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Forest Service warns of more human-caused fires due to bigger crowds in the woods

(Update: Adding video, comments from Deschutes National Forest)

BEND, Ore. (KTVZ) -- The Deschutes National Forest says the warmer weather plus drought conditions, paired with human error and more activity in the woods, could be a dangerous combination.

The agency has been warning Central Oregonians of drier than average weather conditions that puts the region at a higher risk for wildfires.

Deschutes National Forest spokeswoman Jaimie Olle told NewsChannel 21 Thursday the agency asks people to use campfires only in designated campfire rings within designated campgrounds and to make sure the area they choose to visit is actually open. 

Olle said both the Paulina Lake and Finley Butte fires within the past week were human-caused. The exact causes are still under investigation. 

“If we’re putting folks out there on these fires, that’s unnecessary risk for them, if they are human-caused starts,” Olle said.

She said the U.S. Forest Service and fire crews have been responding to human-caused fires “almost daily,” and that most of the fires have been due to improperly discarded cigarettes or unattended and abandoned campfires.

“Those fires right now, our folks have been able to handle,” Olle said. “But if we were to get a large lightning storm through the area, those resources would be incredibly taxed, and we would eventually overwhelm our local firefighting resources.”

She said more people have been venturing out into the woods since the pandemic began, which can contribute to overcrowding in popular areas and increase the risk of spreading coronavirus and accidental fires.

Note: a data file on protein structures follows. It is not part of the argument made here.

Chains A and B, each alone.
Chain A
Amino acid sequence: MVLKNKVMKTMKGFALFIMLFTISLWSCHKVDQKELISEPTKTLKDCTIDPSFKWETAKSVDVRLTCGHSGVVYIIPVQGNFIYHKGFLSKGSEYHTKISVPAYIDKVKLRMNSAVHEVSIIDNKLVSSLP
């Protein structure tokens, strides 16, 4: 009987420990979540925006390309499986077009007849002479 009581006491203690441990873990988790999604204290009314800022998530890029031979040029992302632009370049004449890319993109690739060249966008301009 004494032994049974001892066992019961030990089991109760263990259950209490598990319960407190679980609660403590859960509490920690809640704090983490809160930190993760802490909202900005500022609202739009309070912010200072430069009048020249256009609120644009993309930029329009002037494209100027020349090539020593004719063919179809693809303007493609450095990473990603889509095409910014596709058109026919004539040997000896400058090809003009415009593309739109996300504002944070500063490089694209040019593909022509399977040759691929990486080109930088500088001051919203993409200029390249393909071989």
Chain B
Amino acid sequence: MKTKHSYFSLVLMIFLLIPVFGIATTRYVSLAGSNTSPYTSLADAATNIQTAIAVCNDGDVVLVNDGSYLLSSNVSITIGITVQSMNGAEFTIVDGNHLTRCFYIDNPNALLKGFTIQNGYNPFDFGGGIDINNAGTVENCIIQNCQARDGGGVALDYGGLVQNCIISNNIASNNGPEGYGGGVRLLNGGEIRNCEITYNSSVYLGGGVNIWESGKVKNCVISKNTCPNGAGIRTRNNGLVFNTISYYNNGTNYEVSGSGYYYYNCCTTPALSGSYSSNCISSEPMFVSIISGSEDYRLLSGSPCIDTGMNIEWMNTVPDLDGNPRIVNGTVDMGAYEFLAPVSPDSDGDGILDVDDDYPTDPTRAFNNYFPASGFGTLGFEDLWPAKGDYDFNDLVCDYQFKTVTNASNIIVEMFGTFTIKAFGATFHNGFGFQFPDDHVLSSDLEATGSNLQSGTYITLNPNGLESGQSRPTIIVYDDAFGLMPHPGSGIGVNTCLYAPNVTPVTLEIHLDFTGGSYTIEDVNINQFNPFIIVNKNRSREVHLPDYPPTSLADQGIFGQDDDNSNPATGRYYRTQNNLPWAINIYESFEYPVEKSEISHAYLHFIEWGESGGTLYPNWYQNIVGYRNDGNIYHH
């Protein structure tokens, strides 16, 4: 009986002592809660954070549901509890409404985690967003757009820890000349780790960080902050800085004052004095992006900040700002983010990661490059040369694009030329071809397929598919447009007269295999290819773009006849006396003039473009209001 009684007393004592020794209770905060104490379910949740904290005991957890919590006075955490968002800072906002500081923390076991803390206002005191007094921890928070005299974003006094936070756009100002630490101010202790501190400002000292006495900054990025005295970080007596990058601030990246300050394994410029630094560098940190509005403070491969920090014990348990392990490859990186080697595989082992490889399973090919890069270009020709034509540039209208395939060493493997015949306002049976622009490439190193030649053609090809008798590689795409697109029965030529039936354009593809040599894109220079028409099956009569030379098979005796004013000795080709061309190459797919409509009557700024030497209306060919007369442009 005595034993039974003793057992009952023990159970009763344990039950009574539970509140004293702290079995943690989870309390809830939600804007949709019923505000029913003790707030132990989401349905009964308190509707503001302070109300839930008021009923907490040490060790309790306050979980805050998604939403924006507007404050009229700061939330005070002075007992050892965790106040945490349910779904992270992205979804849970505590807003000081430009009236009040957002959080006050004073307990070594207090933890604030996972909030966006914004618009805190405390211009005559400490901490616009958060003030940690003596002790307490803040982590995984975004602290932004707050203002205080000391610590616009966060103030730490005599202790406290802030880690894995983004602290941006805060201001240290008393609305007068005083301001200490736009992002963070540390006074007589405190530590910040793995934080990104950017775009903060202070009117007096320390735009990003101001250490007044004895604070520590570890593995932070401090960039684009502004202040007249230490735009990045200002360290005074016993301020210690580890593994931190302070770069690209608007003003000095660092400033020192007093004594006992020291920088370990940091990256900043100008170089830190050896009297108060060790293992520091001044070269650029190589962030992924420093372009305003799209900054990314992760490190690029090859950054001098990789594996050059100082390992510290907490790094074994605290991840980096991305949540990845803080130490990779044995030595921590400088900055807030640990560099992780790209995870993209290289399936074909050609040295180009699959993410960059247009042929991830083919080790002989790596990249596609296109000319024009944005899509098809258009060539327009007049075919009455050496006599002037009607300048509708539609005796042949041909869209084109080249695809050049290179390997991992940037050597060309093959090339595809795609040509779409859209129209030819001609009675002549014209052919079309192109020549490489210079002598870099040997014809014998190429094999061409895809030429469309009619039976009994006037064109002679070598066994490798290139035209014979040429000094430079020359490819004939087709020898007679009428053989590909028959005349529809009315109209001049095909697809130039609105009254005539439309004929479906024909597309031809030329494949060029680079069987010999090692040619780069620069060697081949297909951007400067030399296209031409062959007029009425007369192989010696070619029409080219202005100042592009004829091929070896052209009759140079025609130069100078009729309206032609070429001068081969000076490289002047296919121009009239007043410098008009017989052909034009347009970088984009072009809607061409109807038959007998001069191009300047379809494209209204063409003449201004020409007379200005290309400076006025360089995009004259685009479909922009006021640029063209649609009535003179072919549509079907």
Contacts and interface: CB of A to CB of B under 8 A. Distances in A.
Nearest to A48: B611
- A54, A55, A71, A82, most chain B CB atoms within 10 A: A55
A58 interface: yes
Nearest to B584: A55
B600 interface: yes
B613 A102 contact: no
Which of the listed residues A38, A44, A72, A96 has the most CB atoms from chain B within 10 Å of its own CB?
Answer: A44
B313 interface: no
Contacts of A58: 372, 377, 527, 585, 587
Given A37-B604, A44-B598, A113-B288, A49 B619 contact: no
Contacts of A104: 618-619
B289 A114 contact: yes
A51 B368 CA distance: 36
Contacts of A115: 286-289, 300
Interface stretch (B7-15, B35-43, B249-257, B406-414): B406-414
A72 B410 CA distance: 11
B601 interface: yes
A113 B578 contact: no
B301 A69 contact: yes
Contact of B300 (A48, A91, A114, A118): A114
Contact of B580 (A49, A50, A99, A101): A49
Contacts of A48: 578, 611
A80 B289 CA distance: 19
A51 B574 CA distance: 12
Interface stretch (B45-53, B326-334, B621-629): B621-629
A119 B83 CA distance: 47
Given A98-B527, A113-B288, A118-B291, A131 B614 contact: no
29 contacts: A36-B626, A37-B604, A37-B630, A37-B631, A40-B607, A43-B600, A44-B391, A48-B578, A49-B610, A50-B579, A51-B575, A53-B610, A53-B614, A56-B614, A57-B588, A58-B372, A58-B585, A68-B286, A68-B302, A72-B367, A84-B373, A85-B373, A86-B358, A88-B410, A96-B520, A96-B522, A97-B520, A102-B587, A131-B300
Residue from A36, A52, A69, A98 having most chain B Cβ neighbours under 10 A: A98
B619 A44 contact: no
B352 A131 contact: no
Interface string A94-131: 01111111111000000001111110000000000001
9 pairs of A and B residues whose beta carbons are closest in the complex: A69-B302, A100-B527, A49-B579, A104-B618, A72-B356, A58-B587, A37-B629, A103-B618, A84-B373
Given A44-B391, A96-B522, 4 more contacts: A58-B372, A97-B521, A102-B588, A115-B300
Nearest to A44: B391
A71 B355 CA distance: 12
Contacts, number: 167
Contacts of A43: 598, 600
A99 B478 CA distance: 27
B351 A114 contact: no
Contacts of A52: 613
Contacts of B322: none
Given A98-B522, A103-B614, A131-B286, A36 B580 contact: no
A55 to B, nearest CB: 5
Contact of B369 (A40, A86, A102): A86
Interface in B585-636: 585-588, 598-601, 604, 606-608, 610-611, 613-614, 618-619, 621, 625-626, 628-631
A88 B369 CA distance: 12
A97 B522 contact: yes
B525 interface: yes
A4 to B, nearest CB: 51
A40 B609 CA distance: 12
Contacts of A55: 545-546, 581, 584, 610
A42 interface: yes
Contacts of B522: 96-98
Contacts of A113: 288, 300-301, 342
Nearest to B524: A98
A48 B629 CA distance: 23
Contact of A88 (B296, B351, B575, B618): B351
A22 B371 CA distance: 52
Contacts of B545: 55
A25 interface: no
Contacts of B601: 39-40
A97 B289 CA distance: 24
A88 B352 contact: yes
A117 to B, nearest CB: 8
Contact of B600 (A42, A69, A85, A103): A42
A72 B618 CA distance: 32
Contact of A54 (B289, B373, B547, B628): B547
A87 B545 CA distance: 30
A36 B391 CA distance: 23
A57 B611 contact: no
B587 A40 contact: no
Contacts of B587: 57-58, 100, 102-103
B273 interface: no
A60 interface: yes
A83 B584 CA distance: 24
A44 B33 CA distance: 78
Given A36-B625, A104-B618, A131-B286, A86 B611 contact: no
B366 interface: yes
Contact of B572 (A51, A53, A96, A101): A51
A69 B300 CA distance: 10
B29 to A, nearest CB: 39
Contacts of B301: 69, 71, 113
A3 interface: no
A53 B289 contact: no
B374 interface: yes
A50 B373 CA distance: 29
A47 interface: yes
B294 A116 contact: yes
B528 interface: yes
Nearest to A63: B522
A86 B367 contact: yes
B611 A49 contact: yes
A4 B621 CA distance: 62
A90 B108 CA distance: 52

Increased use of the Three Sisters, Mount Washington and Mount Jefferson wilderness areas have led to trail degradation, more trash, human waste and illegal campfires in the past. 

These issues led the U.S. Forest Service to propose a limited entry system in the wilderness areas, which was set to begin on May 22 but was delayed until next year, due to COVID-19.

Now, with the closures of some areas due to the virus, Olle said it seems the open campsites and trails have been even busier than before.

“Each weekend is looking more and more like a holiday weekend,” Olle said. “Sometimes we’re seeing as many people we would see during a holiday weekend, and sometimes we’re seeing twice as many folks (as) we would see on a holiday weekend.”

She said it's important for visitors to check the Deschutes National Forest website to make sure the area they intend to visit is actually open. She also encourages people to consider visiting less popular areas to prevent overcrowding and spreading COVID-19.

Central Oregon / Fire / Fire Alert / Top Stories
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Rhea Panela

Rhea Panela is a multimedia journalist for NewsChannel 21. Learn more about Rhea here.

Comments

8 Comments

  1. Did some camping in Northern California a couple weeks ago, but fires were already banned in Modoc NF. We brought a propane fire pit and that worked great. What it lacks in campfire experience, it makes up for in not being chased by smoke.

  2. Well there it is…. here all this time i thought the fires in the woods that were human caused were because they stayed home. Imagine that. Human causes fires in the woods because humans went to the woods. Them usfs people are geniuses to figure that out

    1. Yep, the flip flop crowd has just about ruined the Todd Lake Meadow. If you have been up to any of the trailheads lately, you might understand why USFS wants to limit use.

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